The American Womans Home, originally published in 1869, was one of the late nineteenth centurys most important handbooks of domestic advice. The result of a collaboration by two of the eras most important writers, this book represents their attempt to direct womens acquisition and use of a dizzying variety of new household consumer goods available in the postCivil War economic boom. It updates Catharine Beechers influential Treatise on Domestic Economy (1841) and incorporates domestic writings by Harriet Beecher Stowe first published in The Atlantic in the 1860s.
Today, the book can be likened to an anthology of household hints, with articles on cooking, decorating, housekeeping, child-rearing, hygiene, gardening, etiquette, and home amusements. The American Womans Home, almost a bible on domestic topics for Victorian women, illuminates womens roles a century and a half ago and can be used for comparison with modern theories on the role of women in the home and in society. Illustrated with the original engravings, this completely new edition offers a lively introduction by Nicole Tonkovich and notes linking the text to important historical, social, and cultural events of the late nineteenth century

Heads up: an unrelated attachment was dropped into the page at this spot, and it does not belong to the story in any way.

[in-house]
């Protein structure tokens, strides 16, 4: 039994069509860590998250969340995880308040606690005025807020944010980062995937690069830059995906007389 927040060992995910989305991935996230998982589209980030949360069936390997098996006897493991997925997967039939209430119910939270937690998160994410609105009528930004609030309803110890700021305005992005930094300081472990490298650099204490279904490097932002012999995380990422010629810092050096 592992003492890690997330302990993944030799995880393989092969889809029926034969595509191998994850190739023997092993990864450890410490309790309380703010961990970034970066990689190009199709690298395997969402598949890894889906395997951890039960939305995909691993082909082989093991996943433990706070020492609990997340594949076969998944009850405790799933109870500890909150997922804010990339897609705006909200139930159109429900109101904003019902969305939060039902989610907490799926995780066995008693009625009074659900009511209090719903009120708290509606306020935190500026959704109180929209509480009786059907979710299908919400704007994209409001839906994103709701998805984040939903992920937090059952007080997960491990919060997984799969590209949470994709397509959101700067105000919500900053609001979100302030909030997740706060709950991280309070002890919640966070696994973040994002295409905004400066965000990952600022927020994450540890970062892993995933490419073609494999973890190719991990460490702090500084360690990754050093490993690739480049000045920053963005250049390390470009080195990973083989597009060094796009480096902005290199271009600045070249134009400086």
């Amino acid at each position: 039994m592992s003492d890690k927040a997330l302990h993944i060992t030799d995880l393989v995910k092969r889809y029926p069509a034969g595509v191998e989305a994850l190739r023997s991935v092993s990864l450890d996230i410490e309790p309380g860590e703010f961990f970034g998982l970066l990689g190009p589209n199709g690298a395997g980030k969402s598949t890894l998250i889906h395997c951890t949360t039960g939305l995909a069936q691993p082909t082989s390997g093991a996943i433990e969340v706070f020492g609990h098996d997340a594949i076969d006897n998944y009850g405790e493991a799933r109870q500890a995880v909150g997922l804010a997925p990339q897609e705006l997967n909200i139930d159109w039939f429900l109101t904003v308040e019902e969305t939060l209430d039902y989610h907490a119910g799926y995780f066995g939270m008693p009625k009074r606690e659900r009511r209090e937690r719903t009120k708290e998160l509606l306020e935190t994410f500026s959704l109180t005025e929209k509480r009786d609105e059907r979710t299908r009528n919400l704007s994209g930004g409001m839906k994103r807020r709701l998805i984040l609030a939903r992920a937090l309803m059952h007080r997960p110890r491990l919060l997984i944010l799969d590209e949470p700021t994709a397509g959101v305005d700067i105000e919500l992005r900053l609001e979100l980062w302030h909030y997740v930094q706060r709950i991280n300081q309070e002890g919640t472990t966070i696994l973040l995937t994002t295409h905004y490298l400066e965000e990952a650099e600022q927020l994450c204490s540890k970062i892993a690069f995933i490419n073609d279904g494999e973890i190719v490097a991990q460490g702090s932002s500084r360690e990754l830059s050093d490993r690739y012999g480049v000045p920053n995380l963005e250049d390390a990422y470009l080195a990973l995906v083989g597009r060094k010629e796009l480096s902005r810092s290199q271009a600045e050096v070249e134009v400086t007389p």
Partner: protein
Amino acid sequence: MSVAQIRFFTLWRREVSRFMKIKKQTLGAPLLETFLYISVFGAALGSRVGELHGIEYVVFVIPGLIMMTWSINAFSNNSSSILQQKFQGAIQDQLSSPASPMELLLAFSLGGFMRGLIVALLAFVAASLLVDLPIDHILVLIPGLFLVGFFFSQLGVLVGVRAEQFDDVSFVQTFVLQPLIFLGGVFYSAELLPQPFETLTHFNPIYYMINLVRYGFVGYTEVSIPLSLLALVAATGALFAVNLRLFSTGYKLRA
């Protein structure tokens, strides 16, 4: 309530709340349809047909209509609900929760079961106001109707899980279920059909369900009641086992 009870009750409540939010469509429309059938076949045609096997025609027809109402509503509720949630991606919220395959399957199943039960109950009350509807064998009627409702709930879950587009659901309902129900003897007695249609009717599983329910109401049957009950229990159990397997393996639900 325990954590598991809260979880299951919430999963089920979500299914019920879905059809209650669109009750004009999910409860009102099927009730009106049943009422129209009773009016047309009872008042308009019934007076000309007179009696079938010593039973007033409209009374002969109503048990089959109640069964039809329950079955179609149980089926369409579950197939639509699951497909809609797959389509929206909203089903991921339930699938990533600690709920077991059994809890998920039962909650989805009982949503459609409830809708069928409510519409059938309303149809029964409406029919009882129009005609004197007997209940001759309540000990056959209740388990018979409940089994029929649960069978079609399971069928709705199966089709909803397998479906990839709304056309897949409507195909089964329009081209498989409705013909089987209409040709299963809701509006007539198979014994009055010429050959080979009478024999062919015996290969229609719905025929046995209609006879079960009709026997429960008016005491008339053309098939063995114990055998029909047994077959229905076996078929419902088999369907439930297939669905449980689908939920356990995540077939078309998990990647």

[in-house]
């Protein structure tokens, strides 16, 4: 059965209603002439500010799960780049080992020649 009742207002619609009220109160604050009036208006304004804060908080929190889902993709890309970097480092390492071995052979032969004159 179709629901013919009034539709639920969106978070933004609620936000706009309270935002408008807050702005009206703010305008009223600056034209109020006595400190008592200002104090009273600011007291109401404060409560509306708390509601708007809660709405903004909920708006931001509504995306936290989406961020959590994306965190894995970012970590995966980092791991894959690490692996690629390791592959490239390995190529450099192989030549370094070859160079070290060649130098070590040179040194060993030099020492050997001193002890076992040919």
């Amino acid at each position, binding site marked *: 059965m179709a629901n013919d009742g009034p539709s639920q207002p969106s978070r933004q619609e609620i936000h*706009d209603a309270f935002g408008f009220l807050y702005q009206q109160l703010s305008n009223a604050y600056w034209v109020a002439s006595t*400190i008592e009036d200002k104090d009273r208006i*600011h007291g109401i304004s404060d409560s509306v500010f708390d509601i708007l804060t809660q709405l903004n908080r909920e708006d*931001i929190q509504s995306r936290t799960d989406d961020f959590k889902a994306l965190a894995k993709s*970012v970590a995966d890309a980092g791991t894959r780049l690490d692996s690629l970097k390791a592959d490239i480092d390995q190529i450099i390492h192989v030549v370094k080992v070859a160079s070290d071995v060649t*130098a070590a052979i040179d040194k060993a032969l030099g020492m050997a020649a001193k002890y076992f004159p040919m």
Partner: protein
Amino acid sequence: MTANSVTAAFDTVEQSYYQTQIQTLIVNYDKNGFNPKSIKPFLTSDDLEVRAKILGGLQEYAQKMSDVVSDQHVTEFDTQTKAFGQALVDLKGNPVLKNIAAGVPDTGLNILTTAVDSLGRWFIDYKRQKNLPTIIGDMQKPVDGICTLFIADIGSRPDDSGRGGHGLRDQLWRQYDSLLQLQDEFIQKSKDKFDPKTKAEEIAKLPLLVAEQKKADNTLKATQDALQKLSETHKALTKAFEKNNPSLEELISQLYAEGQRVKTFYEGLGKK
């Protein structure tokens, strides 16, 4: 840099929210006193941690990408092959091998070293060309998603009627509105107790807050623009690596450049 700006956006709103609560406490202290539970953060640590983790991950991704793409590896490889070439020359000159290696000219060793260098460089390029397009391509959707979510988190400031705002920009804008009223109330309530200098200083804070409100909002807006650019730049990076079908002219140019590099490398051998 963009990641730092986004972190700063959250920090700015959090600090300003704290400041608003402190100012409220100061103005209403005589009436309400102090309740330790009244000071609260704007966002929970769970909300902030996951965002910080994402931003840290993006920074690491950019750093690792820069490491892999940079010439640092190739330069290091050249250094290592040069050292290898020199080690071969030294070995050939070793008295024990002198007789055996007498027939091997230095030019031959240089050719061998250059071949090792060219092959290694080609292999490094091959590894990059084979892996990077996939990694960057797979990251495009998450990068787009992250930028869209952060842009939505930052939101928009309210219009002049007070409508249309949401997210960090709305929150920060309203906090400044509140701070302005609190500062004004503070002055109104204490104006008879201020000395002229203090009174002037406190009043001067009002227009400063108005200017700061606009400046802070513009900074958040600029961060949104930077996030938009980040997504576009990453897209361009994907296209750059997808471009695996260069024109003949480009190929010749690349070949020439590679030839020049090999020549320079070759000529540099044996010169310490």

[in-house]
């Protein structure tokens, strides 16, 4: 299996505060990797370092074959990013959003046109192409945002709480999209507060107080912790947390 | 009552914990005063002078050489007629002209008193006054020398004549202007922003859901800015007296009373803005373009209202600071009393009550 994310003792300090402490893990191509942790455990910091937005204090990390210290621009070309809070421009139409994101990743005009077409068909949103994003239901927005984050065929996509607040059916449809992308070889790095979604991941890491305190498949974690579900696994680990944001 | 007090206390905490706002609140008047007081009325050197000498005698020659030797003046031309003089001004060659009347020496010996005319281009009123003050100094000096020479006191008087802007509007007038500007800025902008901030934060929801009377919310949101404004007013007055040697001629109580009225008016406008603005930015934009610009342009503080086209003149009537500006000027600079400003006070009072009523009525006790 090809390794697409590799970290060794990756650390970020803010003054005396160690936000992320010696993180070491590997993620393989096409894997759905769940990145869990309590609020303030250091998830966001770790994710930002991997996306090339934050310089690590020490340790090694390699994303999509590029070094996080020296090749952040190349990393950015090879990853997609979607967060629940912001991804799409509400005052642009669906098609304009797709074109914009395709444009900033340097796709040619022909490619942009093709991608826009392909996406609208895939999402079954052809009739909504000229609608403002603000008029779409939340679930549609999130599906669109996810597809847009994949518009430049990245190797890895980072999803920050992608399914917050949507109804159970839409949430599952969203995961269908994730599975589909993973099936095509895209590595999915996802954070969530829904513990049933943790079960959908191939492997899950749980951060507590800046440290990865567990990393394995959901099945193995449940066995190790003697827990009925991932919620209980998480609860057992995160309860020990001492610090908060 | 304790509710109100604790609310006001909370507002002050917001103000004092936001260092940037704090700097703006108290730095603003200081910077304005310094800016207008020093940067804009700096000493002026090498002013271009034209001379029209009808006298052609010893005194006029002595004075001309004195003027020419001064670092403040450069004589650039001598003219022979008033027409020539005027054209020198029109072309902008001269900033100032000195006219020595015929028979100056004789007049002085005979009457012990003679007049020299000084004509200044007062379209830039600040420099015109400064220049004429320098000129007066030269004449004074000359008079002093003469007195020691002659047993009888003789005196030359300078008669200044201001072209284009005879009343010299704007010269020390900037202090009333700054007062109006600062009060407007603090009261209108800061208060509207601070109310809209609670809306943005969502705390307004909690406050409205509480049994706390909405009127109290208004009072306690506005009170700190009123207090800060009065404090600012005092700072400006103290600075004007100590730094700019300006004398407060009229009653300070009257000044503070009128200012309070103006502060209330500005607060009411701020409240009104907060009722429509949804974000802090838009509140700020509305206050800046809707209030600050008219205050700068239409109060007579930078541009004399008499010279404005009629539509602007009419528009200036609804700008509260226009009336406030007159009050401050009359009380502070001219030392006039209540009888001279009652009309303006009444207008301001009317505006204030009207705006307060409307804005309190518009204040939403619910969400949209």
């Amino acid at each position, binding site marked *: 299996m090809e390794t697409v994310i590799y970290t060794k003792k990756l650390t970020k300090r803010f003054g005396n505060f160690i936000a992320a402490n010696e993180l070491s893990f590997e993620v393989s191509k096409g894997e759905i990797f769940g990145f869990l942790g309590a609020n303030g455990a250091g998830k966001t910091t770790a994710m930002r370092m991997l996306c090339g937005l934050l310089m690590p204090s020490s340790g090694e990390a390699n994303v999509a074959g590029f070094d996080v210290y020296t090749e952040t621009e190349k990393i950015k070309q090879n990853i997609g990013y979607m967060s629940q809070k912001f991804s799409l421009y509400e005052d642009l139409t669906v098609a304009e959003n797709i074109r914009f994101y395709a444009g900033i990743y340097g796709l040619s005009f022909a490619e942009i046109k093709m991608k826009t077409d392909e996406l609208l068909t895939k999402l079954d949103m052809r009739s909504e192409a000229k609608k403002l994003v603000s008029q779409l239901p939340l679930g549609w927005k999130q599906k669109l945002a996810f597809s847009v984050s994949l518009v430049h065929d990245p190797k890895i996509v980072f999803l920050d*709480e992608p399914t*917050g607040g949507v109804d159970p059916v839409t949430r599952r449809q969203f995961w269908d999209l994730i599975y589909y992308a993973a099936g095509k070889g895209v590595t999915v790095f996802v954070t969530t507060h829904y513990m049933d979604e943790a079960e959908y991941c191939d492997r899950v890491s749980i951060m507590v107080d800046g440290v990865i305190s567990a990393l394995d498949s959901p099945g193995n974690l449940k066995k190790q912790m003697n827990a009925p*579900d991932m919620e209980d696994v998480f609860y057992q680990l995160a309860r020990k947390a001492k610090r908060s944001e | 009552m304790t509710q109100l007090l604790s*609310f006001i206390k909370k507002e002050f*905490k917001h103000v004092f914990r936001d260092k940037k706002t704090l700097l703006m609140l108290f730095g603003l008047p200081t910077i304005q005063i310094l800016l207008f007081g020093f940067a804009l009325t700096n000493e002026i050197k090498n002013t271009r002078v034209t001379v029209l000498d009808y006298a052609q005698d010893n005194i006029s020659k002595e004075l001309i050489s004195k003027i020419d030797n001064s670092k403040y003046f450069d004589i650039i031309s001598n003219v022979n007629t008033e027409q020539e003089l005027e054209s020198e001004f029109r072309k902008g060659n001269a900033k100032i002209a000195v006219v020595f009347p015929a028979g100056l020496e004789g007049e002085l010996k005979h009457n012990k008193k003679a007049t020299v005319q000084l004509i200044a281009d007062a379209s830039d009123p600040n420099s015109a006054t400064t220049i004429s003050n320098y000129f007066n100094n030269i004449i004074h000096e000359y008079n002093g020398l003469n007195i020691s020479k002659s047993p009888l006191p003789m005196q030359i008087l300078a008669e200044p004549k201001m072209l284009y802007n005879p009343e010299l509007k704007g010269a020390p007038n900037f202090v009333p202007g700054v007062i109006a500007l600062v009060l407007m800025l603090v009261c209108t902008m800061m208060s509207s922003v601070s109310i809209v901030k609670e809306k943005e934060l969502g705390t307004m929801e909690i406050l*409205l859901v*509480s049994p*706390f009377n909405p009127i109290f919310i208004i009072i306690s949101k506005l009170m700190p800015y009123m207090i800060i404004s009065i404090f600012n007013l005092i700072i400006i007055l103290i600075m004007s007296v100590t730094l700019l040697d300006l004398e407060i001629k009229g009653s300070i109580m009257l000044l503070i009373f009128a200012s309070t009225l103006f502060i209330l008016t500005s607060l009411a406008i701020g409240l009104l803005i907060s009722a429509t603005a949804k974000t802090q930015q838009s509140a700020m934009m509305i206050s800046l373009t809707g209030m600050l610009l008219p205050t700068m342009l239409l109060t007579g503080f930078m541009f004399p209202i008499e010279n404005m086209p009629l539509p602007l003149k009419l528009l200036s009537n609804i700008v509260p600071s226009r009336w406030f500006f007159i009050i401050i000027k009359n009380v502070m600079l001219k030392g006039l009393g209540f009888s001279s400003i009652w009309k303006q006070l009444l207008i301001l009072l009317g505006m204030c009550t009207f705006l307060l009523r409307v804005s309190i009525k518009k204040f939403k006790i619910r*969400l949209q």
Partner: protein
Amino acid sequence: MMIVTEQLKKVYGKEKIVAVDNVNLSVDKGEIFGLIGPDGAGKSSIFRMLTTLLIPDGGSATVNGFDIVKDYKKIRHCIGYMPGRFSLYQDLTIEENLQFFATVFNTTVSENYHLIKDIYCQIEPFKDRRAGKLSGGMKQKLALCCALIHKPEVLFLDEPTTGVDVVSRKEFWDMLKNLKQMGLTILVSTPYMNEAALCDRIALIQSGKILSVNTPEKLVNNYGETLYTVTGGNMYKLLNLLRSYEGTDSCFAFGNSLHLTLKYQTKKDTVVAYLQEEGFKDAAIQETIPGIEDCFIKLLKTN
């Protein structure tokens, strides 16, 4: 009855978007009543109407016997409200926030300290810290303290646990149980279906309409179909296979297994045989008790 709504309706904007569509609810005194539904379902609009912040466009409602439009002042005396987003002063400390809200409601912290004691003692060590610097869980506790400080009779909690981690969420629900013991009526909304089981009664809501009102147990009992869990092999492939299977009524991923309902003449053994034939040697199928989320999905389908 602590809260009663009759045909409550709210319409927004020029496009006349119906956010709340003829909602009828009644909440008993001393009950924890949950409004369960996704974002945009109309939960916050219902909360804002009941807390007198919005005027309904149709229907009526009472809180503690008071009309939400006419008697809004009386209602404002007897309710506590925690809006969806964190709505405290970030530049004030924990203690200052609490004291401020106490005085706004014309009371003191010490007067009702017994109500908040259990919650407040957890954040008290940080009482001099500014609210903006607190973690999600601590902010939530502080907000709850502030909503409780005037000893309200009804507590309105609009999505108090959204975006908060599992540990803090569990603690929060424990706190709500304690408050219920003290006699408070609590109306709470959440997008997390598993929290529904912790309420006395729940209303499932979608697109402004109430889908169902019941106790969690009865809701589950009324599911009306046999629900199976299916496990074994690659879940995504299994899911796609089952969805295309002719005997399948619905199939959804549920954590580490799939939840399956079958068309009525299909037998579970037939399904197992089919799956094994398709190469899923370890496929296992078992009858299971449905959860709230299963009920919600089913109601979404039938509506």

One of the first celebrity authors, Harriet Beecher Stowe (1811–1896) became famous almost overnight when Uncle Tom’s Cabin—which sold more than 300,000 copies in its first year of publication—appeared in 1852. Known by virtually all famous writers in the United States and many in England and regarded by many women writers as a role model because of her influence in the literary marketplace, Stowe herself was the subject of many books, articles, essays, and poems during her lifetime.
This volume brings together for the first time a range of primary materials about Stowe’s private and public life written by family members, friends, and fellow writers who knew or were influenced by her before and after Uncle Tom’s Cabin catapulted her to fame. Included are periodical articles by Fanny Fern and Charles Dudley Warner; biographical essays by Sarah Josepha Hale and Rose Terry Cooke; letters by Oliver Wendell Holmes, Elizabeth Barrett Browning, and Harriet Jacobs; recollections by Frederick Douglass, Annie Adams Fields, Isabella Beecher Hooker, and Charles Beecher; and poems by Paul Laurence Dunbar and John Greenleaf Whittier. An introduction at the beginning of each essay connects it to its historical and cultural context, explanatory notes provide information about people and places, and the book includes a detailed introduction and a chronology of Stowe’s life.
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